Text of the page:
Did ‘Hamilton’ Get the Story Wrong? One Playwright Thinks SoBreaking News
tags: Founding Fathers, Hamilton, theatre
The 15 or 20 minutes before the performance ticked by the same way they do on nights when Rome Neal presides over jazz at the Nuyorican Poets Cafe on the Lower East Side of Manhattan. But this time Mr. Neal was directing a reading of a play. It takes aim at the sensation that is the theatrical juggernaut “Hamilton” and its creator, Lin-Manuel Miranda.
So this was different from the jazz nights. There was no music, in contrast to the rap-infused lyrics of “Hamilton,” one of the biggest critical and commercial successes in Broadway history.
The play, “The Haunting of Lin-Manuel Miranda,” was written by Ishmael Reed, 80, a prolific and often satirical writer who, as a critic reviewing one of his books once said, “has made members of every constituency angry” during his long career.
Mr. Reed’s most recent work should prove to be no exception.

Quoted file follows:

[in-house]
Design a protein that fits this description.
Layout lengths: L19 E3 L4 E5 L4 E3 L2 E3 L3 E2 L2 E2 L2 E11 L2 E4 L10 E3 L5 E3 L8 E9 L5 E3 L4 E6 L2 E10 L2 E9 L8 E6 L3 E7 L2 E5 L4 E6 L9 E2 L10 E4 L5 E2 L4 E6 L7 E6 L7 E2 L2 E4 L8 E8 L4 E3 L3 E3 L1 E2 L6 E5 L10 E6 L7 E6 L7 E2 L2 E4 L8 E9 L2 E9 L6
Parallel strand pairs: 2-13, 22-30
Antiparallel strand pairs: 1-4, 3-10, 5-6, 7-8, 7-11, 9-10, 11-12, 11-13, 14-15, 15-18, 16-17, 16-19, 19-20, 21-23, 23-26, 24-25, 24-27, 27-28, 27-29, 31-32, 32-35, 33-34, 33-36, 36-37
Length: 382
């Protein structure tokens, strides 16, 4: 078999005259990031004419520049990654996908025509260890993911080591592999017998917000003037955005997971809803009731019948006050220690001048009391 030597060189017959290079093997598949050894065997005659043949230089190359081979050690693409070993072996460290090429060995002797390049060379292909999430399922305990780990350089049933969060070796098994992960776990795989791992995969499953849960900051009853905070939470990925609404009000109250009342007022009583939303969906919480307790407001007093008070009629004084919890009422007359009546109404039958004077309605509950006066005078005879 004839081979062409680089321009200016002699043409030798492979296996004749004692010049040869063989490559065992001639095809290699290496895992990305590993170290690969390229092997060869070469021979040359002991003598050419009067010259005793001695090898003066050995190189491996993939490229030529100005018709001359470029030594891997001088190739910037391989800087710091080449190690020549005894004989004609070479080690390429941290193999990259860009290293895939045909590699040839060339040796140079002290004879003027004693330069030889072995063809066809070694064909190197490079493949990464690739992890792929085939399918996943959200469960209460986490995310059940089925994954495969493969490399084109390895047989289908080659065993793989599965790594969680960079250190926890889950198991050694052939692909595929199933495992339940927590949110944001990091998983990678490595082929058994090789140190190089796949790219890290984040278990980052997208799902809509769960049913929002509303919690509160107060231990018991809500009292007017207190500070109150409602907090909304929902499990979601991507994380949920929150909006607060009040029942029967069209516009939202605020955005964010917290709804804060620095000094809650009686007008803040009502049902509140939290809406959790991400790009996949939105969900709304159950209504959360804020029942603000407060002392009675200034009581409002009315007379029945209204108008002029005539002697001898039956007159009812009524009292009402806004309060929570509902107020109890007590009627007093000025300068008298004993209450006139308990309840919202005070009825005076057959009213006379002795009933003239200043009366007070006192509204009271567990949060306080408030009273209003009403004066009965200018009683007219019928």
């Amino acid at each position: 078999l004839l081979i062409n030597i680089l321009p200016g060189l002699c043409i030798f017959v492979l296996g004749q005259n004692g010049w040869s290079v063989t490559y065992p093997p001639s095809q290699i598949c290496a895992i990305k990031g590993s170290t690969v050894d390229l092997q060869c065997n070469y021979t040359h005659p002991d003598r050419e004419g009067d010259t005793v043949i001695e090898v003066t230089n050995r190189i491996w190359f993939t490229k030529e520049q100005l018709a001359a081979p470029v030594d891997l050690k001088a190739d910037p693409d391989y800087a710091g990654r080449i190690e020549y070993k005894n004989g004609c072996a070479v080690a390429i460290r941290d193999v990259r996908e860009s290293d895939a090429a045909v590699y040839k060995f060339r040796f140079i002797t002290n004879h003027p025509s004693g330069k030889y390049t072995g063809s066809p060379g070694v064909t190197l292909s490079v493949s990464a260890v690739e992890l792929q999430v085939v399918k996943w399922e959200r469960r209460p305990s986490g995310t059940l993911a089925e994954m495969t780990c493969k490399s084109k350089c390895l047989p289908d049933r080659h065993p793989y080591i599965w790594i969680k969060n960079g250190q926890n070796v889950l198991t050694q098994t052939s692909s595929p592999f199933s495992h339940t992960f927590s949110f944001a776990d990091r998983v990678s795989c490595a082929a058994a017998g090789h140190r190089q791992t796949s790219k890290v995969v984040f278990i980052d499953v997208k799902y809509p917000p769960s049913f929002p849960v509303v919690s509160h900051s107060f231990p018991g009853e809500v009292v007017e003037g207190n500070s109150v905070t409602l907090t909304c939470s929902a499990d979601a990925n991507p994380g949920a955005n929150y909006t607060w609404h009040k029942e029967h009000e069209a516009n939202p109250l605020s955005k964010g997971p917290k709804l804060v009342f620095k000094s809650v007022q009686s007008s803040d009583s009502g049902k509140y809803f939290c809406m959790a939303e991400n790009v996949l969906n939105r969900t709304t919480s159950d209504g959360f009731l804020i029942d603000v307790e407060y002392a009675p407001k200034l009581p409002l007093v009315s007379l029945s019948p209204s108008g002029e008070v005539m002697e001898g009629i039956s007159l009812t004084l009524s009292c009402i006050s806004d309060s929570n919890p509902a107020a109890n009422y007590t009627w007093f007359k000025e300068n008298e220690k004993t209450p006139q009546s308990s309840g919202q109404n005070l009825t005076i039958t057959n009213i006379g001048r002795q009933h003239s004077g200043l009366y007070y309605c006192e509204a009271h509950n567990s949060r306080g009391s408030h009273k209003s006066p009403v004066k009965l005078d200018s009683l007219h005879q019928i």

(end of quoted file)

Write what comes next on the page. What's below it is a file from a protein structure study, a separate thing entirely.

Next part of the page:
“The Haunting of Lin-Manuel Miranda” targets “Hamilton,” the play, and “Hamilton,” the best-selling biography by Ron Chernow, which inspired Mr. Miranda. The program handed out at the reading said, “The Haunting of Lin-Manuel Miranda” was “about a playwright who is misled by a historian of white history into believing that Alexander Hamilton was an abolitionist.”
comments powered by Disqus
- Historian Tom Engelhardt Revisits His First Piece of Critical History – 48 Years Later
- Heather Cox Richardson: Trump isn’t the first president to compare himself to Jesus — the last one who did ‘planned to lead his white supremacist supporters to victory’
- Historians' archival research looks quite different in the digital age
- Senate Historian Daniel S. Holt Featured on Political Theatre Podcast
- The Way We Do the Things We Do: Making History-Making Visible